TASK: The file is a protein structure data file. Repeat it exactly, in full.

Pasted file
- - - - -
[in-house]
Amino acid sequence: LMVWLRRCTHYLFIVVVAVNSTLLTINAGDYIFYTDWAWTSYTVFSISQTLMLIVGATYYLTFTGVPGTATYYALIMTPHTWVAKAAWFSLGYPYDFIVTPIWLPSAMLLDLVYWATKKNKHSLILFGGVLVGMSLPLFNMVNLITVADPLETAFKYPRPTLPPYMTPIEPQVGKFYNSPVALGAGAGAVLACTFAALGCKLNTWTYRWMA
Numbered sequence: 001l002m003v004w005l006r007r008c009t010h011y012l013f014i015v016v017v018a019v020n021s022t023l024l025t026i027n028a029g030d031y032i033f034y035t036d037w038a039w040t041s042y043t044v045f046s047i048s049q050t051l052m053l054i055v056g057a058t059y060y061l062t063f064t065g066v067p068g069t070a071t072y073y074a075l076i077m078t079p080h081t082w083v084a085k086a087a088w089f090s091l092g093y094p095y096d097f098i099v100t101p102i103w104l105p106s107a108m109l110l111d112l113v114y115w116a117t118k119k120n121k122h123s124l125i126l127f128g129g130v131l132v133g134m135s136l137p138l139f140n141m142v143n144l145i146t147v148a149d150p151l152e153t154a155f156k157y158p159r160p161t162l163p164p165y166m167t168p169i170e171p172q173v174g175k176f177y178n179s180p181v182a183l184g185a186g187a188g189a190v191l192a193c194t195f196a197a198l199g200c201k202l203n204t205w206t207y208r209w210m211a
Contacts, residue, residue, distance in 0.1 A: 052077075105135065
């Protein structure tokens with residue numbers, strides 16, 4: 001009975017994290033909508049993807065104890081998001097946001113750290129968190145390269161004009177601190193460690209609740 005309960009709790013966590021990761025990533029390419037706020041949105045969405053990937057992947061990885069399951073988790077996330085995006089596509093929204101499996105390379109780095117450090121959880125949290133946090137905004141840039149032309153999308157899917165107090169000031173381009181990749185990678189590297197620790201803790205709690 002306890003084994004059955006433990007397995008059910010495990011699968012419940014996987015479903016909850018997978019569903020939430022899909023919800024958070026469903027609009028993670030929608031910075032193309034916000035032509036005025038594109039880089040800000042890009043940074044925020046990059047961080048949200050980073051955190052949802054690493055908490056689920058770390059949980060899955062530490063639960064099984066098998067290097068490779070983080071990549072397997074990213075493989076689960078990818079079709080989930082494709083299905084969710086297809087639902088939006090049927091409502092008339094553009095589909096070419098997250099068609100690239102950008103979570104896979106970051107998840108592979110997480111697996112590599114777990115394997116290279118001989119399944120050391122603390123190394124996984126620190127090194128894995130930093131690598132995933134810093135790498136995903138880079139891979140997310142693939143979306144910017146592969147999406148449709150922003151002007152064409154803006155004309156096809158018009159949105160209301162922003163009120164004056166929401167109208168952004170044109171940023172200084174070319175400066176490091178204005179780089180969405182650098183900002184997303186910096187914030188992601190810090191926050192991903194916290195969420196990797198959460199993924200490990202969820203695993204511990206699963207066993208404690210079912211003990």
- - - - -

[in-house]
Amino acid sequence: LMVWLRRCTHYLFIVVVAVNSTLLTINAGDYIFYTDWAWTSYTVFSISQTLMLIVGATYYLTFTGVPGTATYYALIMTPHTWVAKAAWFSLGYPYDFIVTPIWLPSAMLLDLVYWATKKNKHSLILFGGVLVGMSLPLFNMVNLITVADPLETAFKYPRPTLPPYMTPIEPQVGKFYNSPVALGAGAGAVLACTFAALGCKLNTWTYRWMA
Numbered sequence: 001l002m003v004w005l006r007r008c009t010h011y012l013f014i015v016v017v018a019v020n021s022t023l024l025t026i027n028a029g030d031y032i033f034y035t036d037w038a039w040t041s042y043t044v045f046s047i048s049q050t051l052m053l054i055v056g057a058t059y060y061l062t063f064t065g066v067p068g069t070a071t072y073y074a075l076i077m078t079p080h081t082w083v084a085k086a087a088w089f090s091l092g093y094p095y096d097f098i099v100t101p102i103w104l105p106s107a108m109l110l111d112l113v114y115w116a117t118k119k120n121k122h123s124l125i126l127f128g129g130v131l132v133g134m135s136l137p138l139f140n141m142v143n144l145i146t147v148a149d150p151l152e153t154a155f156k157y158p159r160p161t162l163p164p165y166m167t168p169i170e171p172q173v174g175k176f177y178n179s180p181v182a183l184g185a186g187a188g189a190v191l192a193c194t195f196a197a198l199g200c201k202l203n204t205w206t207y208r209w210m211a
Contacts, residue, residue, distance in 0.1 A: 052077075105135065
């Protein structure tokens with residue numbers, strides 16, 4: 001009975017994290033909508049993807065104890081998001097946001113750290129968190145390269161004009177601190193460690209609740 005309960009709790013966590021990761025990533029390419037706020041949105045969405053990937057992947061990885069399951073988790077996330085995006089596509093929204101499996105390379109780095117450090121959880125949290133946090137905004141840039149032309153999308157899917165107090169000031173381009181990749185990678189590297197620790201803790205709690 002306890003084994004059955006433990007397995008059910010495990011699968012419940014996987015479903016909850018997978019569903020939430022899909023919800024958070026469903027609009028993670030929608031910075032193309034916000035032509036005025038594109039880089040800000042890009043940074044925020046990059047961080048949200050980073051955190052949802054690493055908490056689920058770390059949980060899955062530490063639960064099984066098998067290097068490779070983080071990549072397997074990213075493989076689960078990818079079709080989930082494709083299905084969710086297809087639902088939006090049927091409502092008339094553009095589909096070419098997250099068609100690239102950008103979570104896979106970051107998840108592979110997480111697996112590599114777990115394997116290279118001989119399944120050391122603390123190394124996984126620190127090194128894995130930093131690598132995933134810093135790498136995903138880079139891979140997310142693939143979306144910017146592969147999406148449709150922003151002007152064409154803006155004309156096809158018009159949105160209301162922003163009120164004056166929401167109208168952004170044109171940023172200084174070319175400066176490091178204005179780089180969405182650098183900002184997303186910096187914030188992601190810090191926050192991903194916290195969420196990797198959460199993924200490990202969820203695993204511990206699963207066993208404690210079912211003990």